It does however contain the small composite plate. Basically it acts as a one way valve by only letting fuel into the needle feed cavity. If you look at the previous photo you can see this plate just inside the needle feed port


Whats inside the needle feed housing

If you remove this (and this was a destructive process) you can see that at the bottom is two ports, one directed to each of the needle valves


Needle Feed Ports

If you look into the carb body where the high and low speed needles install, you can see that deep inside there are seats machined into each. This is where the needle valves fit. Also the needle feed ports drop into these cavities on the needle side of the seats so fuel flow control into the rest of the system will be controlled by how open or closed the needles are.


High/Low speed needle seats

Finally, here are the actual metering needles. You can see that the tips fit into the seats inside the carburetor and that they have slightly different shapes which account for different fuel flows


High/Low speed needles

The Bottom Line

these carburetor components provide very fine control over the amount of fuel entering the fuel feed circuits.

Next up: The Low Speed Circuit
Hi, I have a walbro WT-643 carburetor. The above details are amazing. For a guy with medium level of knowledge like me (trying to make my engine properly work), it gave me a lot of insight. I have a question.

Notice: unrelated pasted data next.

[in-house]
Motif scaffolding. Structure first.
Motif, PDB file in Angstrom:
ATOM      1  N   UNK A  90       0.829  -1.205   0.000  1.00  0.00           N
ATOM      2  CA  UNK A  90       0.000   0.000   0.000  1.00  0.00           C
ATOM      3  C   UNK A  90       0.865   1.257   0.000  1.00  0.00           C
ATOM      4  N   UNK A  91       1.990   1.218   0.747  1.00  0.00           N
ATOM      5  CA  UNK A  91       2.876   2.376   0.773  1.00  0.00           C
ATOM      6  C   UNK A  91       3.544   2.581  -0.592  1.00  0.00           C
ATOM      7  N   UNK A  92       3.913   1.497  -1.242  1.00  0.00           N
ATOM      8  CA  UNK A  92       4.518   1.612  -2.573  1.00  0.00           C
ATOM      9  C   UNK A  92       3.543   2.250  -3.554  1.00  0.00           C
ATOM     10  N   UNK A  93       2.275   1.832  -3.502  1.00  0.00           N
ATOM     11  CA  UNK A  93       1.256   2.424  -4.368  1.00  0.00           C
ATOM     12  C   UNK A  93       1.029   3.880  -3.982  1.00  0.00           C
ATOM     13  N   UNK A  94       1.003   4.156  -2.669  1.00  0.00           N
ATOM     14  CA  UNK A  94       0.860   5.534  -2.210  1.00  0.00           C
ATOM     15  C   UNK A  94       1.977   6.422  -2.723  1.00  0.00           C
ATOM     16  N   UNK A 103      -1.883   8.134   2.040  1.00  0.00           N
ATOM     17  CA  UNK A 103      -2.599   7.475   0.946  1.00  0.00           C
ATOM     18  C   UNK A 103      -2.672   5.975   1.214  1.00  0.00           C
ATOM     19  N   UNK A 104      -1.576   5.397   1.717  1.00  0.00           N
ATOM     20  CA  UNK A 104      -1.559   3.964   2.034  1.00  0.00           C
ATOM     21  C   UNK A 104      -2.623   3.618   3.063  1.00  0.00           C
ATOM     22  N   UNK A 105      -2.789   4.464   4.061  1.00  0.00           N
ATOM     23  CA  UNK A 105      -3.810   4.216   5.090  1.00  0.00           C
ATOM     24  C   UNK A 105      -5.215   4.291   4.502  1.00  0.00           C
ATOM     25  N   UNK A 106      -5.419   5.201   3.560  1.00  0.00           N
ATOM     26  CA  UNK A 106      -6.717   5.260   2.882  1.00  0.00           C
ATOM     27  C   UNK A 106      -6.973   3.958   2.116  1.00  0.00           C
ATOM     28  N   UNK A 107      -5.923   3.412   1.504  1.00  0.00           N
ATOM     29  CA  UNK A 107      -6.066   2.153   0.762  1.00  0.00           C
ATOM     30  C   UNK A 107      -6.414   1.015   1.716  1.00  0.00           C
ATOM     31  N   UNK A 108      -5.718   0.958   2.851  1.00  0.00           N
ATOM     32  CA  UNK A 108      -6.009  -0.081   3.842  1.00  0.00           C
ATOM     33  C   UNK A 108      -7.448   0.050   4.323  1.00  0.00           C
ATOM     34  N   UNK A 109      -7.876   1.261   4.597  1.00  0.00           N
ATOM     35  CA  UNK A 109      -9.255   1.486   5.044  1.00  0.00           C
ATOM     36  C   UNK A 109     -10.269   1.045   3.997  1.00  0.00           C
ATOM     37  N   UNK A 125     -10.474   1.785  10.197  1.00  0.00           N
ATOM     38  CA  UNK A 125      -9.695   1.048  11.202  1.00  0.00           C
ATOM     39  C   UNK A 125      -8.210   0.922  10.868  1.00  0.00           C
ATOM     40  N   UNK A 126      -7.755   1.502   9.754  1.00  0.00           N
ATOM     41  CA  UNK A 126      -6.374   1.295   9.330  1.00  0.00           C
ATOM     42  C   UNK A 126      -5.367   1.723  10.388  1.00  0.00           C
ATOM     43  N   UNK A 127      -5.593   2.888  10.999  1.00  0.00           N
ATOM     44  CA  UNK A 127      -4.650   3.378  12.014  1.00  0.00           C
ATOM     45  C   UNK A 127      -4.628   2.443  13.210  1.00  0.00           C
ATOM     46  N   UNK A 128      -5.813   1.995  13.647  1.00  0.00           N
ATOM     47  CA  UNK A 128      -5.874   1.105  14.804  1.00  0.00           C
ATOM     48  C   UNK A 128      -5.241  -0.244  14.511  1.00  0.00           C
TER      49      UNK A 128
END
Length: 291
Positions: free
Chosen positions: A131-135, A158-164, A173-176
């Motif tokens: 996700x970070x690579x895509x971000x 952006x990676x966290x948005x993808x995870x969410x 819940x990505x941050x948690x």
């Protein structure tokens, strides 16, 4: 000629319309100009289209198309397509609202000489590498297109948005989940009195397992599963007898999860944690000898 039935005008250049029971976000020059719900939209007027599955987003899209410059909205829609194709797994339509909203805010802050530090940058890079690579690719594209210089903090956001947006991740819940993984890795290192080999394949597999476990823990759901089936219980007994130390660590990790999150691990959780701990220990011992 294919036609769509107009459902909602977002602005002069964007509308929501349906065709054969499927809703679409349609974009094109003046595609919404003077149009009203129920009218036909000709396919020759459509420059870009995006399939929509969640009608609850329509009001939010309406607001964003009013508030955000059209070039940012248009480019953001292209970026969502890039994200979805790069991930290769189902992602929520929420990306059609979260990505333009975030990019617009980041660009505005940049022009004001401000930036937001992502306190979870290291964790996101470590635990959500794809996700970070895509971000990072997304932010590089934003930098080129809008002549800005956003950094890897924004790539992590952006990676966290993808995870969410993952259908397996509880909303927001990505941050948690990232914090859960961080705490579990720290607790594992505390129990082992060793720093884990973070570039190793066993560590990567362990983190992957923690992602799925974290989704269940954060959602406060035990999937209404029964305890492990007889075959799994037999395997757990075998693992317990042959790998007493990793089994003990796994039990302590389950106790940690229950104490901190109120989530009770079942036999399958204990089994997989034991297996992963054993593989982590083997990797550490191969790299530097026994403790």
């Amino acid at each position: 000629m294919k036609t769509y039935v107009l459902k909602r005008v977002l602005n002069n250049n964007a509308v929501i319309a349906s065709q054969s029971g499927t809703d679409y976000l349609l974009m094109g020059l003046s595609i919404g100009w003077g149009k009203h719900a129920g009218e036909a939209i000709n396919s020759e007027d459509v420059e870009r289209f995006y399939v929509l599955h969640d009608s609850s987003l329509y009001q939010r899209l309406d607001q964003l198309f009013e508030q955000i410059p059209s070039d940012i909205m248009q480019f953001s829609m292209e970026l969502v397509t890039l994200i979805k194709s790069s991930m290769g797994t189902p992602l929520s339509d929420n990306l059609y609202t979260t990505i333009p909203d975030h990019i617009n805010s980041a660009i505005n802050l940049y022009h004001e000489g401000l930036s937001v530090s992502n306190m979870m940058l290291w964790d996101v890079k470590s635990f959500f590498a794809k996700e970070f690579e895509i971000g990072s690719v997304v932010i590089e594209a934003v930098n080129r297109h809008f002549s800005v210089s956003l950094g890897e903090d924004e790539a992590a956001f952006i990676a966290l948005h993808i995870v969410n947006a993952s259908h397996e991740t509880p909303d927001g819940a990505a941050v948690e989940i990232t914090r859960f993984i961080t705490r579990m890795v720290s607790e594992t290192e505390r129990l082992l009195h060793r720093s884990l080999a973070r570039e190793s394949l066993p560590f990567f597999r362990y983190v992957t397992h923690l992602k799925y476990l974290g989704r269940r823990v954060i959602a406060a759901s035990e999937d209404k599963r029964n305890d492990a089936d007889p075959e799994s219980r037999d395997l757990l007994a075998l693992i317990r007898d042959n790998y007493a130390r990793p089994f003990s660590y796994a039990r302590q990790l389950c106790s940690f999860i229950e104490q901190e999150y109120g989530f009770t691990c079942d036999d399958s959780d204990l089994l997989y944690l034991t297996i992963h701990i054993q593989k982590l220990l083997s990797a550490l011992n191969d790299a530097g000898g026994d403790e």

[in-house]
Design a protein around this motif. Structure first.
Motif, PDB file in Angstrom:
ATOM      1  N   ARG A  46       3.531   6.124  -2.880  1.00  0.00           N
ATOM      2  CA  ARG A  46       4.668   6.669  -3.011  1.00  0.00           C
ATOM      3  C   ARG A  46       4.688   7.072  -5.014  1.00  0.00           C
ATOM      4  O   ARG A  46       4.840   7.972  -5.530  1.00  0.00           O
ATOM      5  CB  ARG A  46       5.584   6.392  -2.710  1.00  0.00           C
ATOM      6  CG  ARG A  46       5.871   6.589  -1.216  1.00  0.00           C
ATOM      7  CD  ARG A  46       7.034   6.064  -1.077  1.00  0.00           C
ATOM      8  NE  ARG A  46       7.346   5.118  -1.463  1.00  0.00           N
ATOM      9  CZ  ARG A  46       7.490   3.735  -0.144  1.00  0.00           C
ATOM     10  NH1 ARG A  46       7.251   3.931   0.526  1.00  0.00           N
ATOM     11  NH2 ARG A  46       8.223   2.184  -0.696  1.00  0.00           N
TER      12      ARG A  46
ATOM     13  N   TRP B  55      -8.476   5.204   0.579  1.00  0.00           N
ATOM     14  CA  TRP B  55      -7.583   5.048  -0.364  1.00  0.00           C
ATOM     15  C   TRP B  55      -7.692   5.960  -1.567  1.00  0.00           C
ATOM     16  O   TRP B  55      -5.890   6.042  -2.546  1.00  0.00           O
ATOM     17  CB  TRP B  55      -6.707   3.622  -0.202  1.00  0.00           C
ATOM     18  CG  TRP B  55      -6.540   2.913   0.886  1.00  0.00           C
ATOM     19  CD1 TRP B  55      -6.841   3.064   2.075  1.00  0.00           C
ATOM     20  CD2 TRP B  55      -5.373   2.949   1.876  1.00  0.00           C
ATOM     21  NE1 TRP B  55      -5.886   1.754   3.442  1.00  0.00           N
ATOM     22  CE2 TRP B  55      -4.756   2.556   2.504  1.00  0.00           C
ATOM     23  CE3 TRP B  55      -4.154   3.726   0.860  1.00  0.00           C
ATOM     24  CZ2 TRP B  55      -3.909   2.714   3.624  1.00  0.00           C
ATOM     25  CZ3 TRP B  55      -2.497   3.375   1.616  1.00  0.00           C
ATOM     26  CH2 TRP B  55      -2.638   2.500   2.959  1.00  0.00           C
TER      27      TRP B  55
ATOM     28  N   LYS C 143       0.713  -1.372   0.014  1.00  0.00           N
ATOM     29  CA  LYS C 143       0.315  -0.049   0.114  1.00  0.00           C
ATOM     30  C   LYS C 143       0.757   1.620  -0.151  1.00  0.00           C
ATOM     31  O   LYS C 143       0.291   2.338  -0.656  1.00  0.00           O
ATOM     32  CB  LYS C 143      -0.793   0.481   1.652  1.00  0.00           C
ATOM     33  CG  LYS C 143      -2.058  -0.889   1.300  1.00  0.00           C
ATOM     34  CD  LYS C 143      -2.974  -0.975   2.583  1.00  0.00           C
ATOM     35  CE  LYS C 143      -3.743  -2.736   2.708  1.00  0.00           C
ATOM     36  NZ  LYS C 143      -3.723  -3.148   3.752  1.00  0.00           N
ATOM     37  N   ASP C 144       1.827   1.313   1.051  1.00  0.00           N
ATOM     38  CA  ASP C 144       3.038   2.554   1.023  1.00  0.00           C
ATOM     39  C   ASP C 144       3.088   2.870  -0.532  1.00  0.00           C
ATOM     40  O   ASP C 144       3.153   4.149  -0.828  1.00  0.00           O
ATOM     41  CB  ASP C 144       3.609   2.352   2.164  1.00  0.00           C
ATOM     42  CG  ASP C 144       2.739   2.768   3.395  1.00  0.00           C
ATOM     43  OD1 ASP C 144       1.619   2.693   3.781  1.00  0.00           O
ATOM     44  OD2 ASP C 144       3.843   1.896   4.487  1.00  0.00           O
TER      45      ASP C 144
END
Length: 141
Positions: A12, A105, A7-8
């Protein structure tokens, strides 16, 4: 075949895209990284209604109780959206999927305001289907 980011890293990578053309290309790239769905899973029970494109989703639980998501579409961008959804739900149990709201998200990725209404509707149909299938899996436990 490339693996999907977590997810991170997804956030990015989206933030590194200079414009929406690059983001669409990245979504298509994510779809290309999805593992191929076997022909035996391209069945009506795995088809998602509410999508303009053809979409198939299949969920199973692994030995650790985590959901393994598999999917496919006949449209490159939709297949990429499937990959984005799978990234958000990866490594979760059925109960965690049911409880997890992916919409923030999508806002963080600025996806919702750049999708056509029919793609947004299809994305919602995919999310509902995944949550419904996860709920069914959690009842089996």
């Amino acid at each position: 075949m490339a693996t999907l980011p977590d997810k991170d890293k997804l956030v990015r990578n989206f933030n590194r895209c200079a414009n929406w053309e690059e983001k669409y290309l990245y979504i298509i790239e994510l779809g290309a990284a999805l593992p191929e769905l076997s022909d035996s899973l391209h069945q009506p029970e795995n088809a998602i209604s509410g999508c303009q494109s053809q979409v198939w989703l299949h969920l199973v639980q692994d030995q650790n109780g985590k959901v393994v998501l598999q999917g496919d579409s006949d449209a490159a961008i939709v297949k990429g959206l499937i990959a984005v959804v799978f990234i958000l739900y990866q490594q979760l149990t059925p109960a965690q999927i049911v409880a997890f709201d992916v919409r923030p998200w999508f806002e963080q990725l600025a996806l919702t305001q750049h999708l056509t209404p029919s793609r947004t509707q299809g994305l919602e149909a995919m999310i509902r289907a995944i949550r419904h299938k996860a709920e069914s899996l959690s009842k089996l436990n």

As per the post of Carley on 08-02-2011, 06:23 AM, if we remove the "high speed fuel metering chamber", "Needle fuel feed", "Low speed fuel metering chamber", we can clean up inside. But that would destroy these three parts. Where can we buy these parts so that I need not buy a new carburetor every time I open it up?
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Old 08-18-2011, 07:02 AM   #14 (permalink)
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the chamber "caps" are typically called "welch" plugs. The rebuild kit I referenced has replacements.

walbro supplies two tools that you can use to remove/replace welch plugs and they look like this:



you use the sharp edged tool to "dig" into the caps and pry them out and the flat tool is used to compress the new plugs.

I haven't found that the sharp edged tool works very well and not at all on the brass plug you see. I got them out by drilling a hole in the center and then using a screwdriver to pry them out. HOWEVER.............this puts drill chips in the chamber and maybe in the ports and more importantly if the drill goes THROUGH the cap it will have already damaged the carb body. There is practically no clearance between the two

so thats why I recommended that if you've cleaned the stuff you can get to easily and it still doesn't work correctly, you'll invest far less time to just replace it, they are not expensive.
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Old 12-09-2011, 06:28 AM   #15 (permalink)
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Hi Carey Shurley,
Thanks for your reply. Missed out on this thread for a long time. I'm still struggling with my engine and walbro carburetor. I have two questions this time.